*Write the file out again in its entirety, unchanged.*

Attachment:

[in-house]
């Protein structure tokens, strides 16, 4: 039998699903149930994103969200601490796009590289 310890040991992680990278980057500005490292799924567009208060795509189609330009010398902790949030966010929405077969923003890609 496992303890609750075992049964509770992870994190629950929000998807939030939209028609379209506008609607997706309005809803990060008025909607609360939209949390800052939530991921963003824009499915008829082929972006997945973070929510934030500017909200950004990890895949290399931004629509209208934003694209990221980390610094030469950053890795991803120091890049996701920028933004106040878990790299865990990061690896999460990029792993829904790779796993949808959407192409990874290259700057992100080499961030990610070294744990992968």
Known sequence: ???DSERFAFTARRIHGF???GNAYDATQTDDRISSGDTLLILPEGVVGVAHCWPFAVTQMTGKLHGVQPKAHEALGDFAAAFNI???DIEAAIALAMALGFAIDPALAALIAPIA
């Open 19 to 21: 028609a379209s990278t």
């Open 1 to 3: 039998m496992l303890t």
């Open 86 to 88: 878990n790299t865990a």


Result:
[in-house]
């Protein structure tokens, strides 16, 4: 039998699903149930994103969200601490796009590289 310890040991992680990278980057500005490292799924567009208060795509189609330009010398902790949030966010929405077969923003890609 496992303890609750075992049964509770992870994190629950929000998807939030939209028609379209506008609607997706309005809803990060008025909607609360939209949390800052939530991921963003824009499915008829082929972006997945973070929510934030500017909200950004990890895949290399931004629509209208934003694209990221980390610094030469950053890795991803120091890049996701920028933004106040878990790299865990990061690896999460990029792993829904790779796993949808959407192409990874290259700057992100080499961030990610070294744990992968």
Known sequence: ???DSERFAFTARRIHGF???GNAYDATQTDDRISSGDTLLILPEGVVGVAHCWPFAVTQMTGKLHGVQPKAHEALGDFAAAFNI???DIEAAIALAMALGFAIDPALAALIAPIA
């Open 19 to 21: 028609a379209s990278t």
């Open 1 to 3: 039998m496992l303890t």
């Open 86 to 88: 878990n790299t865990a």